Pray and he will answer. Surrender your life and your will to God and receive from him new life and the hope of eternal life with him.

That’s our first present this Easter. If that were the only present we received, it would be more than enough. But we are so blessed, there is more.

As we move along in this passage, we come to our second present to unwrap.

When Jesus resurrected, his body was in some way different than it had been. His followers, who saw him after he resurrected from the dead, did not know that it was him – at first. There is complete unanimity about this in the resurrection accounts of the four Gospels. This has given some conspiracists the opportunity to advance theories that Jesus did not rise from the dead but that some pretender passed himself off as Jesus. But this is absurd, because not only would this person have to fool the disciples, he would also have to walk through doors and walls and put on himself the terrible scars of crucifixion.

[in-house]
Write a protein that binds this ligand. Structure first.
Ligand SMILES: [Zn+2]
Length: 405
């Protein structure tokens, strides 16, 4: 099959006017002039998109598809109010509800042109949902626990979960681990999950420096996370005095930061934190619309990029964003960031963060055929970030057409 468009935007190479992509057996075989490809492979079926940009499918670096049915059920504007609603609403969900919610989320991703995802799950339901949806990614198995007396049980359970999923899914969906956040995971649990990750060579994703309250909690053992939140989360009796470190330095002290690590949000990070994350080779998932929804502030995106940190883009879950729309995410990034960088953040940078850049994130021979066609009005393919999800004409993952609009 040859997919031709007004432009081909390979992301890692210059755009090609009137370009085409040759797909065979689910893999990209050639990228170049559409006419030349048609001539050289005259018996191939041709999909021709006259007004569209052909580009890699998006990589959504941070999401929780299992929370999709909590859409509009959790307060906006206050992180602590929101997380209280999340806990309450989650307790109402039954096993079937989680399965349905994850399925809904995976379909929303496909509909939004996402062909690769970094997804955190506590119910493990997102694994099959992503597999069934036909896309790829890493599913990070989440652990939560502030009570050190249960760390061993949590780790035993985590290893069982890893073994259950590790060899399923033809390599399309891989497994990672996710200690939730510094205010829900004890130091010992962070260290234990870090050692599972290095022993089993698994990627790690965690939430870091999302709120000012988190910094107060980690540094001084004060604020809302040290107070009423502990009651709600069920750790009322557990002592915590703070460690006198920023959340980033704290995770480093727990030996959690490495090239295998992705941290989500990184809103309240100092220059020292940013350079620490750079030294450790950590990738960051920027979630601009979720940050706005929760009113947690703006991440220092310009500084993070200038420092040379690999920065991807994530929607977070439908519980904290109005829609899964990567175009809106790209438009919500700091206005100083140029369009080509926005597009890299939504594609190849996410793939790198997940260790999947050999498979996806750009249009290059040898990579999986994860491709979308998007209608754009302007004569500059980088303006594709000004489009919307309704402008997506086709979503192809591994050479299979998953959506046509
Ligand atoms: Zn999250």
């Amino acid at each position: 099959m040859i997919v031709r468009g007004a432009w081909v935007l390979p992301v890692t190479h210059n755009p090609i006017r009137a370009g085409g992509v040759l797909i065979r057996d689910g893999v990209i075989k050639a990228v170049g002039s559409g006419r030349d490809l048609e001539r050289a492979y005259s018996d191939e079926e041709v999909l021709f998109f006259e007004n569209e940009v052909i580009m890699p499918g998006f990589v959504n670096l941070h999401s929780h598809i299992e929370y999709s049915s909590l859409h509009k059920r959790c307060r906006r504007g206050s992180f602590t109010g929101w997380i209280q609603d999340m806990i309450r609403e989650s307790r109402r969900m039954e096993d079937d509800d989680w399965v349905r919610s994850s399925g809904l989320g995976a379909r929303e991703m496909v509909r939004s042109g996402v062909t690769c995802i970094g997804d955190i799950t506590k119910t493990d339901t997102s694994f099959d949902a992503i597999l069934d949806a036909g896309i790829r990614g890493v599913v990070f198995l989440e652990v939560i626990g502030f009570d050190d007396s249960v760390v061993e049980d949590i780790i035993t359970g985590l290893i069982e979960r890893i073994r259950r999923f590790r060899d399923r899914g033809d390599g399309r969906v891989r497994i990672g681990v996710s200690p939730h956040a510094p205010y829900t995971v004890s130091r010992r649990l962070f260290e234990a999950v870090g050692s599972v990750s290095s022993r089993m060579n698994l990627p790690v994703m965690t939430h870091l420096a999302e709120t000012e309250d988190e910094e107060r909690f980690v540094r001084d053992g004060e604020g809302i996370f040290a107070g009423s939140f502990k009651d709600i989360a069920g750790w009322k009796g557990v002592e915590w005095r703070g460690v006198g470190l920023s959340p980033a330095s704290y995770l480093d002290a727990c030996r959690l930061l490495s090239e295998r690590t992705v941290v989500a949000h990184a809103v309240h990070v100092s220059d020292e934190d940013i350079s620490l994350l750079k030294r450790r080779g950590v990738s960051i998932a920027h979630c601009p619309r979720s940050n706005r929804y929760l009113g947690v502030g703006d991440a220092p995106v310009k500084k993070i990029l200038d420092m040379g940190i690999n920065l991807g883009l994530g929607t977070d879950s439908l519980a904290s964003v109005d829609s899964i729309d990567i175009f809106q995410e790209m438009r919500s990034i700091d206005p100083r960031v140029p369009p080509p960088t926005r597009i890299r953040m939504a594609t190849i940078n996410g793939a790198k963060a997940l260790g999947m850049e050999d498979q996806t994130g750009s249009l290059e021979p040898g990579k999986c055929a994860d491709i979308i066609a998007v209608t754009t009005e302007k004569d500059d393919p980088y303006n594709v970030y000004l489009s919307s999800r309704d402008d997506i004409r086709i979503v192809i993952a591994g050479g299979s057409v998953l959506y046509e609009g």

The truth is that Jesus was changed in appearance and not immediately recognized. In John’s account, after Peter and John had left, puzzled and perplexed, believing but not really understanding, Mary remained in the garden in the area of the tomb. She remained, grieving for Jesus and thinking that his body had been carried away by thieves. In her tears, she looked into the tomb and saw two angels, one at the head and one at the foot of where Jesus had been laid.

One of the angels spoke to her, “Woman,” he said, “why are you crying? Who is it you are looking for?”

With all the astonishing things taking place that morning and with all the intense emotions being experienced by the followers of Jesus, Mary does not seem to be too mystified at the appearance of angels. What normally caused people to tremble in fear and fall to their knees, seemed to be taken by Mary as just one more extraordinary event on an extraordinary day.

“They have taken my Lord away,” she said, “and I don’t know where they have put him.”

She turned around and saw someone she supposed was the gardener and he spoke, using the exact same words as had the angels.
“Woman,” he said, “why are you crying? Who is it you are looking for?”

She was sharp enough that morning not to ask the two angels what they had done with Jesus, but she thought she might ask the gardener. This was his garden, surely he must know what had happened to the body.